No, not that kind of cross-dressing. This is about cross dressing… dressing in a style that invokes Jesus or even putting oneself upon a cross.
On one hand, I’m glad we have an open and free society in which people can express themselves however they’d like without fear. Or with little fear at least. In some other cultures, such actions and depictions would result in calls for death to the infidel. The latest flap in this society seems to be surrounding Lindsay Lohan and her pose for the cover of Purple Fashion.
OK, maybe some of you are used to seeing her in less clothing, but that’s not the point. It seems the line between the profane and the sacred are crossed (no pun intended) purely for the sake of controversy and attention—which she is getting.
When I read a few articles (1) (2) about this, what came to mind was not the sexuality of Ms Lohan, but rather the earlier affront to Christianity played out by Madonna—as if the name itself is not an affront! It was just about four years ago that the former Catholic was placed upon a cross for her concert tour, raising the ire of many church-goers.
And while I was aware of that flap, seems I had missed Kanye West’s issue that same year—seems 2006 was a year of spiritual awakening, or exploitation, for a few artists.
For his efforts, Kanye appeared on the cover of Rolling Stone in a crown of thorns, partial robe, and was “blood” streaked in a play on Mel Gibson’s Passion movie. (Ironically, Lindsay is mentioned in the online article but had nothing to do with the photo. So fast forward to 2010 and the article on Lindsay relates back to the Kanye photo.)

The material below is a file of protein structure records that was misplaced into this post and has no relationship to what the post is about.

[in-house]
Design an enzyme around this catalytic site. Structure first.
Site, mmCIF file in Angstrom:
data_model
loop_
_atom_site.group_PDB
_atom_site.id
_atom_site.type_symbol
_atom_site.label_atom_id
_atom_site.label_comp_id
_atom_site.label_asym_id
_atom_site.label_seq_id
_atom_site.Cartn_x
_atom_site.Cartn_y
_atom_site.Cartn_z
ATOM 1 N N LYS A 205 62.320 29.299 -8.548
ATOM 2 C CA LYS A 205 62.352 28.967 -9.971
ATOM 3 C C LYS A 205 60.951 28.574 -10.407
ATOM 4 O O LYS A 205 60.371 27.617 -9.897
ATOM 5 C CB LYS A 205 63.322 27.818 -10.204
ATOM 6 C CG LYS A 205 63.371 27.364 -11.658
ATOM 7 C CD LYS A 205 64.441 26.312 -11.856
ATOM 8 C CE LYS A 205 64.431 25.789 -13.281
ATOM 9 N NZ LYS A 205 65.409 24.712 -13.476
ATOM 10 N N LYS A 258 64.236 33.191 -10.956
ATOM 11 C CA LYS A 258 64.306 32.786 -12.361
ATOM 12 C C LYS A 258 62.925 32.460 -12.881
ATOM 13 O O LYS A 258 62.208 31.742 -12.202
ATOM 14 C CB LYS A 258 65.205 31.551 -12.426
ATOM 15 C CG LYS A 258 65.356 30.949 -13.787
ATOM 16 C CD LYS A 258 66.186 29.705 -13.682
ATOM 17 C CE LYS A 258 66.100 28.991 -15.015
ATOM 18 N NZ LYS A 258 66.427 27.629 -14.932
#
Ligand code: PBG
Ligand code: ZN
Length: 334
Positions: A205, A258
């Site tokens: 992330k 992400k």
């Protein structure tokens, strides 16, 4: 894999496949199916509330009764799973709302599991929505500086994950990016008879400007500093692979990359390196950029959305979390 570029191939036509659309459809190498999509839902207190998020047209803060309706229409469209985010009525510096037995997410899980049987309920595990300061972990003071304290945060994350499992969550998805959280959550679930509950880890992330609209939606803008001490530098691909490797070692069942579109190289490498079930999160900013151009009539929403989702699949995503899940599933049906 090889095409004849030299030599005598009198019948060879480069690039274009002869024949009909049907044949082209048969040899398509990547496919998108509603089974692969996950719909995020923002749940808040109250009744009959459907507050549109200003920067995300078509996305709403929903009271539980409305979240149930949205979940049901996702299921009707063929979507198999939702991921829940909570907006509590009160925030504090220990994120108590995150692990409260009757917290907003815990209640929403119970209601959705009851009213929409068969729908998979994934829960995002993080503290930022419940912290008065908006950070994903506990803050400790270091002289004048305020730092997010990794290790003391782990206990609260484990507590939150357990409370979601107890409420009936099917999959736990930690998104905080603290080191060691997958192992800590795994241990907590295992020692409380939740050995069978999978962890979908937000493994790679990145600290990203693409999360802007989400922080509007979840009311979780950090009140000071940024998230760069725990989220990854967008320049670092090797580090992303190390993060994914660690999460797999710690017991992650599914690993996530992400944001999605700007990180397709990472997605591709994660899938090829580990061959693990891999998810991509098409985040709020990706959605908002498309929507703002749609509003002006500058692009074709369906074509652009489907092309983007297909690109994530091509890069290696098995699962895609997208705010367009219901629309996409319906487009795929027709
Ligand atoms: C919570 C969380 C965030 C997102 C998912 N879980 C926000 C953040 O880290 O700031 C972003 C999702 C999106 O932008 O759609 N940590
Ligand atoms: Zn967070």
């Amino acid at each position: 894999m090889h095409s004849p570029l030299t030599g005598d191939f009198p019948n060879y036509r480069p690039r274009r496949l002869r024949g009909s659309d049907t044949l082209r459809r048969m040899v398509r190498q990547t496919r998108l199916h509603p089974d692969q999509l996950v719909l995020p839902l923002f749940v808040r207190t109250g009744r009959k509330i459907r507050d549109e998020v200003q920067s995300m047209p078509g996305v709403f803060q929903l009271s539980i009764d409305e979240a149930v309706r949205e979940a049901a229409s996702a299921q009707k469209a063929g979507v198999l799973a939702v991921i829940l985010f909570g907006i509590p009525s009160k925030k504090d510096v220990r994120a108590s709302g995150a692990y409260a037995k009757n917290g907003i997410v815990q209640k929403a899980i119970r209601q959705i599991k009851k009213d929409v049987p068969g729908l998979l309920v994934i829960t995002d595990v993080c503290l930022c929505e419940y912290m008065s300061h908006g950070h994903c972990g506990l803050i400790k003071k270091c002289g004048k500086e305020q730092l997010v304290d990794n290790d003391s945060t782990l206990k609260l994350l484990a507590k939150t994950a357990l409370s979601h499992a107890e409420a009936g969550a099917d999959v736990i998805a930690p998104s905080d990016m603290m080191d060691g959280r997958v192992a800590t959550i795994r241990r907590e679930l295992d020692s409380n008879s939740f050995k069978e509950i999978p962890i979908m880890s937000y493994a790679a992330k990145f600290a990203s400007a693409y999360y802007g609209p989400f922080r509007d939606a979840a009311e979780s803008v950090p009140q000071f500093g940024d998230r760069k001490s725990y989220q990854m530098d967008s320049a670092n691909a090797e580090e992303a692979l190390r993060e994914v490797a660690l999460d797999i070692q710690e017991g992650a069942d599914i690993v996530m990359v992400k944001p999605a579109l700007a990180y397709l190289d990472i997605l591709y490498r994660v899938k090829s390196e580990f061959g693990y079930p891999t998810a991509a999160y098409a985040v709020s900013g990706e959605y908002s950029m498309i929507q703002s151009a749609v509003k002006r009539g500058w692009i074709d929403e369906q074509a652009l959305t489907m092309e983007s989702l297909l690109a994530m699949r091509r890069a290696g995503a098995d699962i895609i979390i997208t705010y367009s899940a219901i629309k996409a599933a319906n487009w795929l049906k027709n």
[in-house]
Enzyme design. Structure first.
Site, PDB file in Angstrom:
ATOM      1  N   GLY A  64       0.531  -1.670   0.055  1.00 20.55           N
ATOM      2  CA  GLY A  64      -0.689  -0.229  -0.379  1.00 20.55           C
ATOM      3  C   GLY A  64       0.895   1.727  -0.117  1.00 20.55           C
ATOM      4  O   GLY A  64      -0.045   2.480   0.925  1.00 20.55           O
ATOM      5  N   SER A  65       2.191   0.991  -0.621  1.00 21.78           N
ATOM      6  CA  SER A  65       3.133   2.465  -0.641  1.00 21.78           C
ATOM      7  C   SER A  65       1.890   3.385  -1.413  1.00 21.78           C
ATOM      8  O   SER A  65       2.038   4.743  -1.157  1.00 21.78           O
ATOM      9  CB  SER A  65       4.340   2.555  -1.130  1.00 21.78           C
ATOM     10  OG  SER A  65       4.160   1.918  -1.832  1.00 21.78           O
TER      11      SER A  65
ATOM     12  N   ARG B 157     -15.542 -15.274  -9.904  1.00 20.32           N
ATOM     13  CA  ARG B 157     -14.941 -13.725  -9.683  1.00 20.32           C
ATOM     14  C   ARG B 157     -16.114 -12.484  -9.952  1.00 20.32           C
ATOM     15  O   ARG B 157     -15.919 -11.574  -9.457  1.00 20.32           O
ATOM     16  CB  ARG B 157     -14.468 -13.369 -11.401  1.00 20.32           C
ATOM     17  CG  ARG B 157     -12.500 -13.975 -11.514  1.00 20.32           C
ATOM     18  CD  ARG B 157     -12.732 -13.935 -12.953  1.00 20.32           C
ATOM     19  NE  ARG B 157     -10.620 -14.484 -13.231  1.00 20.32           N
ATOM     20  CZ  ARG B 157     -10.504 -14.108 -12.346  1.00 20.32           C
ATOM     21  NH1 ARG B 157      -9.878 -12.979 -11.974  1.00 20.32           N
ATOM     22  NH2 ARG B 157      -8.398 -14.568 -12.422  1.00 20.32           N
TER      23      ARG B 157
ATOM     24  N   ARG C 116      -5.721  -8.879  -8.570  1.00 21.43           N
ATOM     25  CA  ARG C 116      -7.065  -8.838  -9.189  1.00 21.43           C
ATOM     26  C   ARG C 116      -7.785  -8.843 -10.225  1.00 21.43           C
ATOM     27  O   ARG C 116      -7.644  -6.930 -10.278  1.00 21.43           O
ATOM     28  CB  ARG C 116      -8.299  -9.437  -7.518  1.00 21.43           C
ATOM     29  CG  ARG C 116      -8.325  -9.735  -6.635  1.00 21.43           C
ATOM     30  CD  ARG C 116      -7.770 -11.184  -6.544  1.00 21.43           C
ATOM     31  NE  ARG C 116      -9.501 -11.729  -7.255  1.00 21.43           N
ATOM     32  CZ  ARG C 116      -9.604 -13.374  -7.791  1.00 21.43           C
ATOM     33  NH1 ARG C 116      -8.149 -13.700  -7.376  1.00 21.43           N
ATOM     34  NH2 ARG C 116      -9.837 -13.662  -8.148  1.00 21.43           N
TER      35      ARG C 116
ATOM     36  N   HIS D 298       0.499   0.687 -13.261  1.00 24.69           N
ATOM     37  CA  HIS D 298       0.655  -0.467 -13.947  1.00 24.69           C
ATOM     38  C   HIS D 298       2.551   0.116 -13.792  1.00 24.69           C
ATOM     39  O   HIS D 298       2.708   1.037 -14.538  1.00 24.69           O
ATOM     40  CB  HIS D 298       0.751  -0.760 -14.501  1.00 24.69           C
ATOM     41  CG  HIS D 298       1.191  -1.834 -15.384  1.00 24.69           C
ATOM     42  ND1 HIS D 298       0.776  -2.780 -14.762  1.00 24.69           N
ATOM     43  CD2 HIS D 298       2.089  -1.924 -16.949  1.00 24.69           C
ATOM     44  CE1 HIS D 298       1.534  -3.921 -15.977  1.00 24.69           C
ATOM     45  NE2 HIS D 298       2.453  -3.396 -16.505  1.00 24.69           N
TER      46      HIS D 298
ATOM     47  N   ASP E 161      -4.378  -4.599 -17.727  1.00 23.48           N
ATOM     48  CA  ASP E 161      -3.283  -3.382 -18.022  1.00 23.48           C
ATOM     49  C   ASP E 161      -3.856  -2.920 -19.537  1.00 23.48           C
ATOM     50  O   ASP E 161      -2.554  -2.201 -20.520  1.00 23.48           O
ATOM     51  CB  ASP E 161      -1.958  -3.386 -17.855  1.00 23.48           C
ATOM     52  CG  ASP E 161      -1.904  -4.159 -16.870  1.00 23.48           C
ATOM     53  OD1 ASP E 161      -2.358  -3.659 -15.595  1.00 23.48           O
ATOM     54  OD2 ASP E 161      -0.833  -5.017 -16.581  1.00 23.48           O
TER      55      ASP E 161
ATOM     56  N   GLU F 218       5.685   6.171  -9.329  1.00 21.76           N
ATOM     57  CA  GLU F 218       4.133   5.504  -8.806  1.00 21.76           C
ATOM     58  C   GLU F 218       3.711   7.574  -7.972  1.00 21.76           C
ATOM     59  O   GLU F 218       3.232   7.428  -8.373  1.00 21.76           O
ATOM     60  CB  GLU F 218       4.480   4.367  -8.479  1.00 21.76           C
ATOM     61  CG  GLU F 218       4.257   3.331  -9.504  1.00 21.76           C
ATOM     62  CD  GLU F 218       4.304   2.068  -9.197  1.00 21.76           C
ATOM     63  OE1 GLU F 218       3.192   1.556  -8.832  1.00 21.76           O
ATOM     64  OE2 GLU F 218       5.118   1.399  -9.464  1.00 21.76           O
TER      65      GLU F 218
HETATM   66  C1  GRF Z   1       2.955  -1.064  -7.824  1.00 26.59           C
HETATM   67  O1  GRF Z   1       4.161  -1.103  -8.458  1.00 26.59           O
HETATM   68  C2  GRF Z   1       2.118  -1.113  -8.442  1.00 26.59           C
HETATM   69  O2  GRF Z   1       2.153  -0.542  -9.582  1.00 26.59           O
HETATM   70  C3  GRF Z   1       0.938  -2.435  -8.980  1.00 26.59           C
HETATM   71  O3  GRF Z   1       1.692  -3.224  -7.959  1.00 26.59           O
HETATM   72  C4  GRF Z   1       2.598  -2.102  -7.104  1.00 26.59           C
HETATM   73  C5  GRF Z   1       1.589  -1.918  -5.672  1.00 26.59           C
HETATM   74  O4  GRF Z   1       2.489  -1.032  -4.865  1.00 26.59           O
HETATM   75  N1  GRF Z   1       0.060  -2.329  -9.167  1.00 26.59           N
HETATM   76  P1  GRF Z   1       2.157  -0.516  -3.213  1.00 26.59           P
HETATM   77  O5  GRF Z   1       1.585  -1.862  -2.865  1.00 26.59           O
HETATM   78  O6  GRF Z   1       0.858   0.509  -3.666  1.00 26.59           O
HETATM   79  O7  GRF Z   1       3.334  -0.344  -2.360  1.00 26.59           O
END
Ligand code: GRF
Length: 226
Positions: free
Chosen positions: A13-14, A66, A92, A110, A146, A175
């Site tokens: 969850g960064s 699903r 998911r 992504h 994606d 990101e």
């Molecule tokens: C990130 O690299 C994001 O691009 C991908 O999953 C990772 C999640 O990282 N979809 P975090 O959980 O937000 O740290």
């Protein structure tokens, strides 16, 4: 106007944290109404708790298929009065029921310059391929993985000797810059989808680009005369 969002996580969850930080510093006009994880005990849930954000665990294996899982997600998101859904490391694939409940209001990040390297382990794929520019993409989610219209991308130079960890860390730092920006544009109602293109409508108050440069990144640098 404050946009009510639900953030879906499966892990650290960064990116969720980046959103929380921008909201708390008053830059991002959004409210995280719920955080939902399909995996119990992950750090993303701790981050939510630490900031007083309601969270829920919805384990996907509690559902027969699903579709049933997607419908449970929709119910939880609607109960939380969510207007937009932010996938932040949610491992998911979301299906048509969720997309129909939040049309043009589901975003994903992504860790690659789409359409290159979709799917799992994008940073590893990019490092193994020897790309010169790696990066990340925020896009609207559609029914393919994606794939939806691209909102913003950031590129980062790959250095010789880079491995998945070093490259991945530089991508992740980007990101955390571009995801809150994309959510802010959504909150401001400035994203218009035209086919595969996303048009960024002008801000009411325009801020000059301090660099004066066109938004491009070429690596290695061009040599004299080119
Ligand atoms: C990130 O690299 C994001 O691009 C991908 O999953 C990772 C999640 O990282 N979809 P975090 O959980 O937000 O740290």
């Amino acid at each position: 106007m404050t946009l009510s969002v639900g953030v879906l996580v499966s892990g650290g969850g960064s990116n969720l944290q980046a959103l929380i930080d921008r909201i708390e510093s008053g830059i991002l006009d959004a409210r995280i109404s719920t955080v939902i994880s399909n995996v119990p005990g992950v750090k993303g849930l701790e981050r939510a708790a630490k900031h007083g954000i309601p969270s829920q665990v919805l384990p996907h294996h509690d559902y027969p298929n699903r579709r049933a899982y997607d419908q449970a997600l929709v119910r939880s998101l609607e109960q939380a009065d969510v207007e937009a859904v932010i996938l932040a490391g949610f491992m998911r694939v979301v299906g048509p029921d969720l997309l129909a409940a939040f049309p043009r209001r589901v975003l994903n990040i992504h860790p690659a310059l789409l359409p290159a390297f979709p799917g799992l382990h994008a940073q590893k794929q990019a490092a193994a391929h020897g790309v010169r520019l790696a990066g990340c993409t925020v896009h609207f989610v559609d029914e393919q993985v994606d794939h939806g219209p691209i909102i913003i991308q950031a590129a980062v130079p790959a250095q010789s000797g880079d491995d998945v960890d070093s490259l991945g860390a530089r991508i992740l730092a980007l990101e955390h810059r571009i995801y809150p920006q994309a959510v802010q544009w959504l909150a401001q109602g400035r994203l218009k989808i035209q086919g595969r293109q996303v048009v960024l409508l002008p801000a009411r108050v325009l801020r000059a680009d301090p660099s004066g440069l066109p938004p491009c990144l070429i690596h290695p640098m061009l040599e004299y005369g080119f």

So what’s with the invoking of Christian themes and images? Has Christianity become nothing more than a lightning rod for celebrities and a backdrop for photo shoots in an effort to find new relevancy? Is it just a cross worn around the neck as a piece of jewelry?
What should the viewer think? This is free expression? It’s nothing more than a Lady Gaga-like moment in the sun—a fashion statement for the sake of fashion? Or are they intentionally pressing hot buttons in order to stir up controversy and thereby be in the spotlight? Are they thumbing their noses at Believers and the Church?
More importantly, should this really bother us? Isn’t the next step in objecting to such displays “Censorship” and religious laws? Should we be like Islamic republics in which any portrayal of Mohammed can be punished with death?